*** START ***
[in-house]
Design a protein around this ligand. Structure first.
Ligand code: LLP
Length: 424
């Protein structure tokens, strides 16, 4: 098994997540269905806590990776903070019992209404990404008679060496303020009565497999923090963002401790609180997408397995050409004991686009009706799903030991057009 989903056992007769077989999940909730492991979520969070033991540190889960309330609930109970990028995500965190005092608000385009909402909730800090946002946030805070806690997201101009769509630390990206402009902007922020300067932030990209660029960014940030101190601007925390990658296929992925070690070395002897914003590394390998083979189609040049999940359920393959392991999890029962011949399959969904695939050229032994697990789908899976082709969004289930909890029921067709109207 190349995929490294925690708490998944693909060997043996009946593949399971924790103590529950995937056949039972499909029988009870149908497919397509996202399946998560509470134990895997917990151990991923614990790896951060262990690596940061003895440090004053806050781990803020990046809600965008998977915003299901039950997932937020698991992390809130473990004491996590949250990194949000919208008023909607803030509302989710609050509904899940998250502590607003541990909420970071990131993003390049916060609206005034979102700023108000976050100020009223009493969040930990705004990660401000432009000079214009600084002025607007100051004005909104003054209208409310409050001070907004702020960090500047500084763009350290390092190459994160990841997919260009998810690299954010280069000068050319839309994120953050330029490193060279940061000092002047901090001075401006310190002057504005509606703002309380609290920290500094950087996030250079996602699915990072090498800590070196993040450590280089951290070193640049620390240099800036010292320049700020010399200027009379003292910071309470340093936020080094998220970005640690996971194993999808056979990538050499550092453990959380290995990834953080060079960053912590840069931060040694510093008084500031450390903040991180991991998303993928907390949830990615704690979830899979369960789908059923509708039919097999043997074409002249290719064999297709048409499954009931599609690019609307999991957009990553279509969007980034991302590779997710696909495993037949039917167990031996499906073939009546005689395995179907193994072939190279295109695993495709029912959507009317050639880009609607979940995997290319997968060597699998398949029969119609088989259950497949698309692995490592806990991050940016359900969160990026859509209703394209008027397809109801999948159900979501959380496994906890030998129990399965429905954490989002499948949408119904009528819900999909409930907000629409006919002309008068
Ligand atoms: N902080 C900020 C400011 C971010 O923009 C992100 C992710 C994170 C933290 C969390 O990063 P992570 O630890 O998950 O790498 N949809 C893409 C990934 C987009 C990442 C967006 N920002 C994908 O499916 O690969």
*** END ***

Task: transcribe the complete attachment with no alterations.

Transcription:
[in-house]
Design a protein around this ligand. Structure first.
Ligand code: LLP
Length: 424
């Protein structure tokens, strides 16, 4: 098994997540269905806590990776903070019992209404990404008679060496303020009565497999923090963002401790609180997408397995050409004991686009009706799903030991057009 989903056992007769077989999940909730492991979520969070033991540190889960309330609930109970990028995500965190005092608000385009909402909730800090946002946030805070806690997201101009769509630390990206402009902007922020300067932030990209660029960014940030101190601007925390990658296929992925070690070395002897914003590394390998083979189609040049999940359920393959392991999890029962011949399959969904695939050229032994697990789908899976082709969004289930909890029921067709109207 190349995929490294925690708490998944693909060997043996009946593949399971924790103590529950995937056949039972499909029988009870149908497919397509996202399946998560509470134990895997917990151990991923614990790896951060262990690596940061003895440090004053806050781990803020990046809600965008998977915003299901039950997932937020698991992390809130473990004491996590949250990194949000919208008023909607803030509302989710609050509904899940998250502590607003541990909420970071990131993003390049916060609206005034979102700023108000976050100020009223009493969040930990705004990660401000432009000079214009600084002025607007100051004005909104003054209208409310409050001070907004702020960090500047500084763009350290390092190459994160990841997919260009998810690299954010280069000068050319839309994120953050330029490193060279940061000092002047901090001075401006310190002057504005509606703002309380609290920290500094950087996030250079996602699915990072090498800590070196993040450590280089951290070193640049620390240099800036010292320049700020010399200027009379003292910071309470340093936020080094998220970005640690996971194993999808056979990538050499550092453990959380290995990834953080060079960053912590840069931060040694510093008084500031450390903040991180991991998303993928907390949830990615704690979830899979369960789908059923509708039919097999043997074409002249290719064999297709048409499954009931599609690019609307999991957009990553279509969007980034991302590779997710696909495993037949039917167990031996499906073939009546005689395995179907193994072939190279295109695993495709029912959507009317050639880009609607979940995997290319997968060597699998398949029969119609088989259950497949698309692995490592806990991050940016359900969160990026859509209703394209008027397809109801999948159900979501959380496994906890030998129990399965429905954490989002499948949408119904009528819900999909409930907000629409006919002309008068
Ligand atoms: N902080 C900020 C400011 C971010 O923009 C992100 C992710 C994170 C933290 C969390 O990063 P992570 O630890 O998950 O790498 N949809 C893409 C990934 C987009 C990442 C967006 N920002 C994908 O499916 O690969």